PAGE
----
Check for grammar, punctuation and spelling. If you're not confident about these aspects then ask someone you can trust or hire a professional to check the personal statement. _ Review your statement and ask these questions: _ Have I answered the questions required? _ Have I put forward the best examples of experiences and effects that are relevant to my field of study or who I am? _ Have I effectively answered the main question here _ Why should the Graduate School accept me over my fellow applicant? _ Does this statement reflect who I really am or do I sound like a "too good to be true" parrot? _ Would I fall asleep if I had to read this or would it grab my attention? _ Have I let my sense of humor get carried away? Do I sound too opinionated or extreme in my views? _ Have I addressed any weaknesses I have e.g. low GPA or LSAT?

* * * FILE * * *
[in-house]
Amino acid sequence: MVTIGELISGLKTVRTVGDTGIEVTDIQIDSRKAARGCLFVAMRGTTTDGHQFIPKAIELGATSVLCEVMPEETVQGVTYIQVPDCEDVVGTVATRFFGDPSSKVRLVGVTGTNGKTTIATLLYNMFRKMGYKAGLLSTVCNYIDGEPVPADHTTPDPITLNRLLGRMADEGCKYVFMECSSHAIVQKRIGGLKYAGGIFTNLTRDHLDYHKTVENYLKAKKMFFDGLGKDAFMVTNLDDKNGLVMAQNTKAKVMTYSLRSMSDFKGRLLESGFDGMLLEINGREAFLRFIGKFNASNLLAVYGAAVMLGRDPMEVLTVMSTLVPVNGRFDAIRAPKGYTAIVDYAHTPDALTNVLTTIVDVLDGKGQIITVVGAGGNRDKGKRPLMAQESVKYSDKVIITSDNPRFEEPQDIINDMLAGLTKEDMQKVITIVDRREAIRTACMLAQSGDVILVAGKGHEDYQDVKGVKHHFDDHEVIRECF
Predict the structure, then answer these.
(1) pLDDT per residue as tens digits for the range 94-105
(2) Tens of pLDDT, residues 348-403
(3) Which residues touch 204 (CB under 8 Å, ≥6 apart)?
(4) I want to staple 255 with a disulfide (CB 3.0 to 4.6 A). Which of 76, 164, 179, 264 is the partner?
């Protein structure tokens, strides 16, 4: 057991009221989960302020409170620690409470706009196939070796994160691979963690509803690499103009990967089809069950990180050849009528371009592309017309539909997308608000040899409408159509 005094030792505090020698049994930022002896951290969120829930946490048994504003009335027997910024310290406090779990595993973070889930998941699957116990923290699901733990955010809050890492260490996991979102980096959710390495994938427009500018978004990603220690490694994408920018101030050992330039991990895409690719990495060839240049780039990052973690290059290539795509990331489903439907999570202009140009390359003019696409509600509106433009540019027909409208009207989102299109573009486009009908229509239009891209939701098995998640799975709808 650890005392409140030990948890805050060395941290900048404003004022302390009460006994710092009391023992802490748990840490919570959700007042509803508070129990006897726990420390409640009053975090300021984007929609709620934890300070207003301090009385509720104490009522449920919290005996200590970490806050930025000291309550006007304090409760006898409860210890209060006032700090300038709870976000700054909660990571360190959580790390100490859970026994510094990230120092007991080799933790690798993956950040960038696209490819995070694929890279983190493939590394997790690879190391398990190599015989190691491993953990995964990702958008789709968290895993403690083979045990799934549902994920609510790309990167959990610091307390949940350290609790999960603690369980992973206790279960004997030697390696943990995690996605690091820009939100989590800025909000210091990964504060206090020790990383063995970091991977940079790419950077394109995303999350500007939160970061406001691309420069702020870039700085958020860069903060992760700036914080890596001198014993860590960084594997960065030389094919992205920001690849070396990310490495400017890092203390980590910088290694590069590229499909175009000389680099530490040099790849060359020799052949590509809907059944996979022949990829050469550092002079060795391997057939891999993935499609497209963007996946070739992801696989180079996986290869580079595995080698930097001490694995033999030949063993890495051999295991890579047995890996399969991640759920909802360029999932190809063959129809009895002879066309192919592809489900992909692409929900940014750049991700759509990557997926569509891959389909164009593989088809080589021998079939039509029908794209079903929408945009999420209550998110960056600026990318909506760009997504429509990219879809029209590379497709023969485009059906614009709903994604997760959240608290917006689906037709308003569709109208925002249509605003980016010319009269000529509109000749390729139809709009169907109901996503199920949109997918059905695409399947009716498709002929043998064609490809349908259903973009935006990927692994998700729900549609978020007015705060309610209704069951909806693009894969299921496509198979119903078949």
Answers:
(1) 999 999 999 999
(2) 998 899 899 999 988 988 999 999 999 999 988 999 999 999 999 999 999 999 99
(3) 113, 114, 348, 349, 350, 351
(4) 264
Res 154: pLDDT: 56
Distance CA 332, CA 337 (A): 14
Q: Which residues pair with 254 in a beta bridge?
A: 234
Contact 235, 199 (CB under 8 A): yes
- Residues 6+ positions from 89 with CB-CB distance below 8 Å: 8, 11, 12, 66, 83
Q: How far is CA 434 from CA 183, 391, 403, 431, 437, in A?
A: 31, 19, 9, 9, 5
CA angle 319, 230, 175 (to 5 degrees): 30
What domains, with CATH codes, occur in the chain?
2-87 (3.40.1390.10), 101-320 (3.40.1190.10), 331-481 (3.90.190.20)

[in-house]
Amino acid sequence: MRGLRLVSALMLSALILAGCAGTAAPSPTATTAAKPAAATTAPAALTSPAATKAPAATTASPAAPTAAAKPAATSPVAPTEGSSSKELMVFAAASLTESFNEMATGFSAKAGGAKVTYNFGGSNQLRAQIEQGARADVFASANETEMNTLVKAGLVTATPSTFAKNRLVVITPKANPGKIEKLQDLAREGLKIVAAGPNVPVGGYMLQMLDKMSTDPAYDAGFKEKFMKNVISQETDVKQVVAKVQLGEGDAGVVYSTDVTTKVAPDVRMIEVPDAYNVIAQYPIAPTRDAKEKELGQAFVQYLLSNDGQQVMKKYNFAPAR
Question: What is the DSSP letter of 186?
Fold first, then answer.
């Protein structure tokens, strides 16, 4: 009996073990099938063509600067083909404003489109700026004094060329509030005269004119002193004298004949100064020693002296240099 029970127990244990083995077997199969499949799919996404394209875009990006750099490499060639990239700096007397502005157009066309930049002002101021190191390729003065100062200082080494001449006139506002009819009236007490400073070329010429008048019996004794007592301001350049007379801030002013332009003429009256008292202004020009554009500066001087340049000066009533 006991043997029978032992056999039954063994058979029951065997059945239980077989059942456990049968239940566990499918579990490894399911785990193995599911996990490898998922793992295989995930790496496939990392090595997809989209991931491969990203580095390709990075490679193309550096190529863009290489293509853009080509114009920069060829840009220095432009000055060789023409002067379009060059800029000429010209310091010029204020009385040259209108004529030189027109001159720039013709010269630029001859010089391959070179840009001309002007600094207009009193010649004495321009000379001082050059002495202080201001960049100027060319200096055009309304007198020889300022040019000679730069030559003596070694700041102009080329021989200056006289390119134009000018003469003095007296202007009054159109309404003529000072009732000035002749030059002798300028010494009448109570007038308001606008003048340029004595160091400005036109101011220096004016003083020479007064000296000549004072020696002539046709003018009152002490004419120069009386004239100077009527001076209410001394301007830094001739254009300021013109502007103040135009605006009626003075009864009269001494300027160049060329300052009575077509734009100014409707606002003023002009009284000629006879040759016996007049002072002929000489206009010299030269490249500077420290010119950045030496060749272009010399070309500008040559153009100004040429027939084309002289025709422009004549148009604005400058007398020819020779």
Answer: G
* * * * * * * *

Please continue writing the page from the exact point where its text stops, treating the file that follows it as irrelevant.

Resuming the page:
In conceptualizing a theme, you have to consider the main question, "What would you like to say with your essay?" For example, do you want the admissions committee to understand your choice of major and career in relation to your family background, or do you want to share your passion for your chosen field and your desire to achieve excellence in it? Whichever theme you come up with, this has to be unique to you as an applicant and should be related to your personal background, choice of major, and choice of career. The more unique a theme is, the more interesting the essay will be. In this sense, you can capitalize on personal facts you believe are noteworthy of exposition.